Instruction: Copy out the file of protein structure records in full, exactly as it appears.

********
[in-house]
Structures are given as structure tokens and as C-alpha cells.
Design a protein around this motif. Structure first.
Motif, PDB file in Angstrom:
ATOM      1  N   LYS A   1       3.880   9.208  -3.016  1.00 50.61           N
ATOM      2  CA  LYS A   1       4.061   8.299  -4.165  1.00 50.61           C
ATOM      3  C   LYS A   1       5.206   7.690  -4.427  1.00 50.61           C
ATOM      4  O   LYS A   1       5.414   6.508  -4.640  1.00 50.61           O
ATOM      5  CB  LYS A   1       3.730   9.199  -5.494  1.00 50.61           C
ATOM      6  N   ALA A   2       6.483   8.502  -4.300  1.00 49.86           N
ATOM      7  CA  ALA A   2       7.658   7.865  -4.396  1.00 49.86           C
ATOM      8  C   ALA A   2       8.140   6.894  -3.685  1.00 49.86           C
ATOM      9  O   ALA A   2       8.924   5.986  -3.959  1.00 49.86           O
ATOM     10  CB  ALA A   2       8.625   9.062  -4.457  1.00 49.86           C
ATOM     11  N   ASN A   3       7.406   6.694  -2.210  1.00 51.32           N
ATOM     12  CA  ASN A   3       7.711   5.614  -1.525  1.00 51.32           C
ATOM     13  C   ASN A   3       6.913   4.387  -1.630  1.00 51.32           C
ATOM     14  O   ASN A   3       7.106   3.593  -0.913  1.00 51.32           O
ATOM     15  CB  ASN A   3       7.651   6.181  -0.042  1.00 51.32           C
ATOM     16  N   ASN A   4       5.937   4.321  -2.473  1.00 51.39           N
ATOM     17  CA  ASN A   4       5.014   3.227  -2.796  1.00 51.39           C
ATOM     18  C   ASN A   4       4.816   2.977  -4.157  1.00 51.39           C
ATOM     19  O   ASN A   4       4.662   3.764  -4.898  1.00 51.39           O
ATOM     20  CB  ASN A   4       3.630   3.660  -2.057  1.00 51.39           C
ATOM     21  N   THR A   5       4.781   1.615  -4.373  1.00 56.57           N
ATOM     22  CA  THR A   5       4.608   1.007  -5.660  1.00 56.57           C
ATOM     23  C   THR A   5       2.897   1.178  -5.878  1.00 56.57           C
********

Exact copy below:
[in-house]
Structures are given as structure tokens and as C-alpha cells.
Design a protein around this motif. Structure first.
Motif, PDB file in Angstrom:
ATOM      1  N   LYS A   1       3.880   9.208  -3.016  1.00 50.61           N
ATOM      2  CA  LYS A   1       4.061   8.299  -4.165  1.00 50.61           C
ATOM      3  C   LYS A   1       5.206   7.690  -4.427  1.00 50.61           C
ATOM      4  O   LYS A   1       5.414   6.508  -4.640  1.00 50.61           O
ATOM      5  CB  LYS A   1       3.730   9.199  -5.494  1.00 50.61           C
ATOM      6  N   ALA A   2       6.483   8.502  -4.300  1.00 49.86           N
ATOM      7  CA  ALA A   2       7.658   7.865  -4.396  1.00 49.86           C
ATOM      8  C   ALA A   2       8.140   6.894  -3.685  1.00 49.86           C
ATOM      9  O   ALA A   2       8.924   5.986  -3.959  1.00 49.86           O
ATOM     10  CB  ALA A   2       8.625   9.062  -4.457  1.00 49.86           C
ATOM     11  N   ASN A   3       7.406   6.694  -2.210  1.00 51.32           N
ATOM     12  CA  ASN A   3       7.711   5.614  -1.525  1.00 51.32           C
ATOM     13  C   ASN A   3       6.913   4.387  -1.630  1.00 51.32           C
ATOM     14  O   ASN A   3       7.106   3.593  -0.913  1.00 51.32           O
ATOM     15  CB  ASN A   3       7.651   6.181  -0.042  1.00 51.32           C
ATOM     16  N   ASN A   4       5.937   4.321  -2.473  1.00 51.39           N
ATOM     17  CA  ASN A   4       5.014   3.227  -2.796  1.00 51.39           C
ATOM     18  C   ASN A   4       4.816   2.977  -4.157  1.00 51.39           C
ATOM     19  O   ASN A   4       4.662   3.764  -4.898  1.00 51.39           O
ATOM     20  CB  ASN A   4       3.630   3.660  -2.057  1.00 51.39           C
ATOM     21  N   THR A   5       4.781   1.615  -4.373  1.00 56.57           N
ATOM     22  CA  THR A   5       4.608   1.007  -5.660  1.00 56.57           C
ATOM     23  C   THR A   5       2.897   1.178  -5.878  1.00 56.57           C